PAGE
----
·  Legal News, Analysis, & Commentary


More Money, More Problems for ABB

— February 28, 2017

An employee of ABB went missing earlier this month, on February 4th, along with a large amount of money — $100 million dollars.

Sometimes big companies face big problems.  Executives of a worldwide money making firm that nets a couple billion in profits annually may find it difficult to keep track of every penny that comes and goes.  At least this was the hope of one employee at ABB.

Image Courtesy of CNN
Image Courtesy of CNN

An employee of an Asian subsidiary of the major Swedish-Swiss power and robotics company (ABB) went missing earlier this month, on February 4th.  Along with him, $100 million.  ABB is a leading manufacturer of automation and process control systems, electronic components, instrumentation and measurement devices, and power substation and oil and gas equipment.  It employs approximately 132,000 people around the world.

The firm’s executives announced they believe they have uncovered what appears to be “a sophisticated criminal scheme” to steal the money at its South Korean operation.  Oh Myeong-se, treasurer and one of two integrity ombudsmen for ABB Korea, who was responsible for handling any ethical concerns brought to the attention of management by ABB employees, walked away with the funds.  Myeong-se, who is now in his late 50s, has been with the firm for some time, having also been the head of compliance at the Korea subsidiary until 2010.  In this position, Myeong-se was, ironically, responsible for maintaining ABB’s legal and ethical integrity, ensuring compliance with moral business standards.  He went missing with his loot four days before the company filed a complaint with law enforcement regarding suspected criminal activity.

Image Courtesy of Success Stories
Image Courtesy of Success Stories

Myeong-se is now suspected of forging documents and conspiring with outside perpetrators to steal the money.  A law enforcement spokesperson has indicated that authorities believe he fled to Hong Kog with the money and they are currently working to bring him back to his home country.

A check of ABB’s global account activity has pinpointed the impact of the crime solely to Asia.  Group Chief Executive Ulrich Spiesshofer said the conspiracy was “shocking news” and serves as a damaging blow to the firm’s already fragile reputation.  The hit comes at a time in which the firm is already being investigated by the U.K. Serious Fraud Office for discovery of improperly issued payments in another criminal investigation.  After word of the latest hit to the company’s finances was released, its shares immediately fell.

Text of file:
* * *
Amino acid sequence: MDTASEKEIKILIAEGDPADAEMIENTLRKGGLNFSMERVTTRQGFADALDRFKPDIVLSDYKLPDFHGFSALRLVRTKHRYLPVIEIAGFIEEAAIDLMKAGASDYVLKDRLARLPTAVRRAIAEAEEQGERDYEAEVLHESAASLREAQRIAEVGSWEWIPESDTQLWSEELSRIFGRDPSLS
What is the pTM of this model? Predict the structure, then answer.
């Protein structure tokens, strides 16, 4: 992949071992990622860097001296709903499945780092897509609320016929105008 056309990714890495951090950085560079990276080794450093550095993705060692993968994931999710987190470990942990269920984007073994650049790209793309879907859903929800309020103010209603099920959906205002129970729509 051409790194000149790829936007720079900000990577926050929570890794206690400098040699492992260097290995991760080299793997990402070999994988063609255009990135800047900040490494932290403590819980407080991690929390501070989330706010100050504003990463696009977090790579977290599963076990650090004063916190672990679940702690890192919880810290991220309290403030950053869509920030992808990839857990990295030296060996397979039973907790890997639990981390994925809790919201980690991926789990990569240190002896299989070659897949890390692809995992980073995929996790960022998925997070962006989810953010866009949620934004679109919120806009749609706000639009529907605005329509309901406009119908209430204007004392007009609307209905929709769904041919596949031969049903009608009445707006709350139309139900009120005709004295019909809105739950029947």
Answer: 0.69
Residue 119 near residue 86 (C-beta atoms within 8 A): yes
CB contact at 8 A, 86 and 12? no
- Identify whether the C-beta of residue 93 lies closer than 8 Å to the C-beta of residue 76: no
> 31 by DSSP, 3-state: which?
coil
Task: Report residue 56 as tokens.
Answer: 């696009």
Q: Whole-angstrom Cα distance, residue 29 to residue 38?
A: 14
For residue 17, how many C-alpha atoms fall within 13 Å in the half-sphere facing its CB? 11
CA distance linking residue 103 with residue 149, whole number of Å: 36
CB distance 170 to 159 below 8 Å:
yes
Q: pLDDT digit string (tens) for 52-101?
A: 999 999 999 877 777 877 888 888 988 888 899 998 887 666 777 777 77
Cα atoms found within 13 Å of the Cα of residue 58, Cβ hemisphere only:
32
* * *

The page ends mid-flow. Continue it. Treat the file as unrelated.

Activist investor Cevian Capital AB, ABB’s second largest shareholder, recently pushed for a break up of the company, and Cevian co-founder Lars Forberg has been nominated for a seat on the board.  Cevian had pushed for the break up, claiming that the Swiss industrial company was too difficult to run, and Cevian’s co-founder, Christer Gardell, has vowed to keep pushing for disbandment.

“We’re looking at every option,” ABB representative Domenico Truncellito said of how the company plans to save its reputation and profits.  “We are investigating externally and internally as well.”  The firm has hired forensic investigators to help close the case. However, the theft has impacted ABB’s bottom line as far as reporting its 2016 taxes is concerned.  The company is expecting to take the loss as a pre-tax hit on its 2016 results, which totaled $2 billion last year in net profits.


Major European company says employee has gone missing with $100M

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